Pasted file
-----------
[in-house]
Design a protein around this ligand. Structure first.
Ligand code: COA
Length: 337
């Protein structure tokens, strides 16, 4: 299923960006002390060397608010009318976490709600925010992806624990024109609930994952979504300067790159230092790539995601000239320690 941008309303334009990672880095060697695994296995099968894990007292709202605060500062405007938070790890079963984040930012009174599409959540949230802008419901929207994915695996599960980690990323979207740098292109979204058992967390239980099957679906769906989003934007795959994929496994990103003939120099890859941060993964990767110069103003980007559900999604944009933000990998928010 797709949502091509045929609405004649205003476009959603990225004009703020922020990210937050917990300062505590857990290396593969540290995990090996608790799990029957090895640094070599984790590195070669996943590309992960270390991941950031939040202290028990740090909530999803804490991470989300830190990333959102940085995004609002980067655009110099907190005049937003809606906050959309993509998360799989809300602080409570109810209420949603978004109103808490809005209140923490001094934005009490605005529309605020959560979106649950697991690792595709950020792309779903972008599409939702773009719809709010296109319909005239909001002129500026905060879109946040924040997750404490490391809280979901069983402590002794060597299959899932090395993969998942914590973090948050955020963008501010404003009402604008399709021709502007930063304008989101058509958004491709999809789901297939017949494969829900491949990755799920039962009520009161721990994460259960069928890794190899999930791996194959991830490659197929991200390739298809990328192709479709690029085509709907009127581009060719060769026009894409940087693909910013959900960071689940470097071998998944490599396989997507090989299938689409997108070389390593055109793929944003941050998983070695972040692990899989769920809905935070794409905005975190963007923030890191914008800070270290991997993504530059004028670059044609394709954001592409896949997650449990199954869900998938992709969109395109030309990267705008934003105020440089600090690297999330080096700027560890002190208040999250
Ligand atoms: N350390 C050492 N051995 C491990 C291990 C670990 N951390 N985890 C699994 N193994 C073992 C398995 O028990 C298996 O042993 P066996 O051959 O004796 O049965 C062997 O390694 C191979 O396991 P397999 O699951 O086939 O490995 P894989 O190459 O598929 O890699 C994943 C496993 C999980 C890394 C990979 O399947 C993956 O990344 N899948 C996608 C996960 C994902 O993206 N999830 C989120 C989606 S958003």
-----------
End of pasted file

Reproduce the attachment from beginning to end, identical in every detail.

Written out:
[in-house]
Design a protein around this ligand. Structure first.
Ligand code: COA
Length: 337
């Protein structure tokens, strides 16, 4: 299923960006002390060397608010009318976490709600925010992806624990024109609930994952979504300067790159230092790539995601000239320690 941008309303334009990672880095060697695994296995099968894990007292709202605060500062405007938070790890079963984040930012009174599409959540949230802008419901929207994915695996599960980690990323979207740098292109979204058992967390239980099957679906769906989003934007795959994929496994990103003939120099890859941060993964990767110069103003980007559900999604944009933000990998928010 797709949502091509045929609405004649205003476009959603990225004009703020922020990210937050917990300062505590857990290396593969540290995990090996608790799990029957090895640094070599984790590195070669996943590309992960270390991941950031939040202290028990740090909530999803804490991470989300830190990333959102940085995004609002980067655009110099907190005049937003809606906050959309993509998360799989809300602080409570109810209420949603978004109103808490809005209140923490001094934005009490605005529309605020959560979106649950697991690792595709950020792309779903972008599409939702773009719809709010296109319909005239909001002129500026905060879109946040924040997750404490490391809280979901069983402590002794060597299959899932090395993969998942914590973090948050955020963008501010404003009402604008399709021709502007930063304008989101058509958004491709999809789901297939017949494969829900491949990755799920039962009520009161721990994460259960069928890794190899999930791996194959991830490659197929991200390739298809990328192709479709690029085509709907009127581009060719060769026009894409940087693909910013959900960071689940470097071998998944490599396989997507090989299938689409997108070389390593055109793929944003941050998983070695972040692990899989769920809905935070794409905005975190963007923030890191914008800070270290991997993504530059004028670059044609394709954001592409896949997650449990199954869900998938992709969109395109030309990267705008934003105020440089600090690297999330080096700027560890002190208040999250
Ligand atoms: N350390 C050492 N051995 C491990 C291990 C670990 N951390 N985890 C699994 N193994 C073992 C398995 O028990 C298996 O042993 P066996 O051959 O004796 O049965 C062997 O390694 C191979 O396991 P397999 O699951 O086939 O490995 P894989 O190459 O598929 O890699 C994943 C496993 C999980 C890394 C990979 O399947 C993956 O990344 N899948 C996608 C996960 C994902 O993206 N999830 C989120 C989606 S958003």